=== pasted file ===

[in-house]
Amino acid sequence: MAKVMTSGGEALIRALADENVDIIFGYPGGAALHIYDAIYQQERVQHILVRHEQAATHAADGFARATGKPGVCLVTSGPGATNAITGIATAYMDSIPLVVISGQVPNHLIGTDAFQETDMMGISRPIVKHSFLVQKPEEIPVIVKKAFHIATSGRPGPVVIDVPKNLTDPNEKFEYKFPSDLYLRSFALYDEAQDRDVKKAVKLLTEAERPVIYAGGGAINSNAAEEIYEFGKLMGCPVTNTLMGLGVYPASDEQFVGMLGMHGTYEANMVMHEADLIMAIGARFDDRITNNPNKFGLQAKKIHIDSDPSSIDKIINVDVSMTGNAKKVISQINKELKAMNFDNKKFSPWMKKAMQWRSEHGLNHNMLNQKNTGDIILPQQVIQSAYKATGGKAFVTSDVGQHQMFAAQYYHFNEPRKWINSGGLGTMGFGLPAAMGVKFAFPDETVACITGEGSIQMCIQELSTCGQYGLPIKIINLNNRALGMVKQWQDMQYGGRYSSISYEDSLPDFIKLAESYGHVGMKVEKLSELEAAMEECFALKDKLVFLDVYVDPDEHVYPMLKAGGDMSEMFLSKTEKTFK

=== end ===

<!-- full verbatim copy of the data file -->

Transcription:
[in-house]
Amino acid sequence: MAKVMTSGGEALIRALADENVDIIFGYPGGAALHIYDAIYQQERVQHILVRHEQAATHAADGFARATGKPGVCLVTSGPGATNAITGIATAYMDSIPLVVISGQVPNHLIGTDAFQETDMMGISRPIVKHSFLVQKPEEIPVIVKKAFHIATSGRPGPVVIDVPKNLTDPNEKFEYKFPSDLYLRSFALYDEAQDRDVKKAVKLLTEAERPVIYAGGGAINSNAAEEIYEFGKLMGCPVTNTLMGLGVYPASDEQFVGMLGMHGTYEANMVMHEADLIMAIGARFDDRITNNPNKFGLQAKKIHIDSDPSSIDKIINVDVSMTGNAKKVISQINKELKAMNFDNKKFSPWMKKAMQWRSEHGLNHNMLNQKNTGDIILPQQVIQSAYKATGGKAFVTSDVGQHQMFAAQYYHFNEPRKWINSGGLGTMGFGLPAAMGVKFAFPDETVACITGEGSIQMCIQELSTCGQYGLPIKIINLNNRALGMVKQWQDMQYGGRYSSISYEDSLPDFIKLAESYGHVGMKVEKLSELEAAMEECFALKDKLVFLDVYVDPDEHVYPMLKAGGDMSEMFLSKTEKTFK